How proud I was when I built my first damn fast high-end PC many years ago! The PlayStation 5 and Xbox Series X were out of the question at the time, but even when they came out, the PC versions of games like Cyberpunk 2077 and Control were vastly superior to their console counterparts.
But that has changed over time – many games have since been released or optimized for the current generation of consoles. The advantage of my always-up-to-date calculator has slowly melted away in the face of tech hits like The Last of Us Part 1 and Horizon: Forbidden West.
How fitting that Nvidia – my favorite brand – is launching a new line of graphics cards meant to make a fist and stand out from the PS5 and Xbox Series X! However, at an absurdly high price that scares me so much that I’m ready to swear off the PC completely.
A luxury I no longer want to afford
So far I’ve replaced my PC’s graphics card every two years and always within the same price range of just under $800. I started in 2016 with a GTX 1080, which became an RTX 2080 in 2018 with then new ray tracing accelerators (which were supposed to provide beautiful reflections and great lighting), followed in 2020 by the RTX 3080.
It will probably stay with the latter, as Nvidia’s new high-end model with the distinctive “80” will no longer be available for around 800 to 900 euros, but for 1,469 euros. It only gets cheaper with a slimmed-down version for 1,099 euros, but it is also slower and has less graphics memory. In addition to the rising price, the hunger for electricity from the new components is also increasing, making PC gaming more and more unaffordable.
You can learn more about the RTX 4000 series on GameStar here:
more on the topic
RTX 4000 presented: all about specifications, release, prices and performance
No improvement in sight
As a regular earning PC enthusiast, the price expectations of the leading graphics chip maker Nvidia are just way too high for me. But the competition doesn’t fare much better either – AMD’s current models are only slightly cheaper compared to the GeForce RTX series, but that won’t change much with the next generation due to the worldwide chip shortage and the immensely high entry-level prices of Nvidia. change. Anyway, my expectations are low.
No downgrade: Due to immense demand – fueled in part by the cryptocurrency mining boom, which really took off in 2018 – graphics cards, which are perfect for mining many virtual currencies, have never lost their value.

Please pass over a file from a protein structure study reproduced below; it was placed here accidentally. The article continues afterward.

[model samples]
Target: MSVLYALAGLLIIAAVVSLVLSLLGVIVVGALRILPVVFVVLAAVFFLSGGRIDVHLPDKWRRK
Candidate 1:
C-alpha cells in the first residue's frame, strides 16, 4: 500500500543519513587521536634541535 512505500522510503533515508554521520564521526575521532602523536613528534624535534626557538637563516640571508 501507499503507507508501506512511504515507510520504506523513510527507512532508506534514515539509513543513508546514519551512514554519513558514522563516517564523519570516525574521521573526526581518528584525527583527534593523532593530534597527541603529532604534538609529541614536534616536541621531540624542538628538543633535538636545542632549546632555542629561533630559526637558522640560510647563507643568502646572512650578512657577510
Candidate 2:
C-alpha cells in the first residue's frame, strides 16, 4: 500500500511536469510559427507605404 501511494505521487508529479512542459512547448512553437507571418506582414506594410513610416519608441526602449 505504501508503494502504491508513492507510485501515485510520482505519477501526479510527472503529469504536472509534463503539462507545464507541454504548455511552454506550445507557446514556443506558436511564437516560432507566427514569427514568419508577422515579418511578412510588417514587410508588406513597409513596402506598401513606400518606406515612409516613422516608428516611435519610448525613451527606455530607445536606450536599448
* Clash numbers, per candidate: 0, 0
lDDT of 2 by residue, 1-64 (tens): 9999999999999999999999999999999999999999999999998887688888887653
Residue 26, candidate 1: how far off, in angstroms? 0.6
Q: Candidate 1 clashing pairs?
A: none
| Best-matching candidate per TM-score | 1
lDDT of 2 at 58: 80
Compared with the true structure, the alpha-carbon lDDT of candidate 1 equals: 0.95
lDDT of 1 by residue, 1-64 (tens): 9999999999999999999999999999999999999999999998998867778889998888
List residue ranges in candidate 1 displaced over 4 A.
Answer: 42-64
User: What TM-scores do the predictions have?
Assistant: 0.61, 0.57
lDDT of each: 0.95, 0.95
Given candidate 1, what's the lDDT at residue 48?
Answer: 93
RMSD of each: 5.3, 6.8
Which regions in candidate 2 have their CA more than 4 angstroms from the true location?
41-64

Market saturation has not yet set in. This should ease a bit in this generation as the hype about Ethereum and Co. has declined, but for many players, the 3000 Series MSRP, originally planned two years ago, is now within reach. The demand is uninterrupted, even when it comes to “obsolete” products.
A third player doesn’t help much at the moment: The processor manufacturer Intel is launching its first series of graphics cards this year. These are in the mid-range or low-budget segment, but they are still considered relatively energy consuming and poorly optimized. However, if these issues are addressed, there could be more competition in cheaper regions. After all, mid-range graphics cards are already at a level you would get a PlayStation 5 or Xbox Series X for.
PlayStation 5 and Xbox Series X have come at me with open doors
I’d also currently strongly recommend buying them as they not only pack an existing gaming experience into higher frame rates and have a hefty price tag, but also embody real technical advancements.
Load times in many games are incredibly short due to the NVMe SSDs, 3D sound has been given a huge push and then there are the haptics of the DualSense controller, which are being used more and more.
In addition, consoles have filled in gaps: 120 Hz and variable refresh rates are no longer purely a PC domain, but have also become the future standard for televisions and consoles. Console gaming is also way ahead when it comes to HDR as the technology is easier to implement and much more common in TV screens.
In fact, for my GameStar hardware colleague Sören Diedrich, HDR is the pinnacle of modern gaming:
more on the topic
My TV tempted me to buy with 4K, but won my love with HDR
Of course, the PC still has its advantages, such as the openness as a platform, basic mouse and keyboard controls, which make fast-paced shooters and strategy games more fun to play, and higher performance, which also makes Fortnite and Halo games sweeter.
But when I see what future prizes will be for experiencing modern graphics on the PC in technically demanding titles like Assassin’s Creed: Mirage or Stalker 2, I can no longer just speak of an expensive hobby, but must see it as a luxury product.
That’s why I prefer to connect the mouse and keyboard to my PS5 or Xbox Series X (which works in many games!), I enjoy the most beautiful HDR and I don’t have a bad conscience when I check my account balance. Almost 500 euros for such a technically well-rounded total package is for me an absolute bargain compared to a powerful PC or even a current graphics card.
Have you also switched to consoles in the last two years or have you always been a console gamer?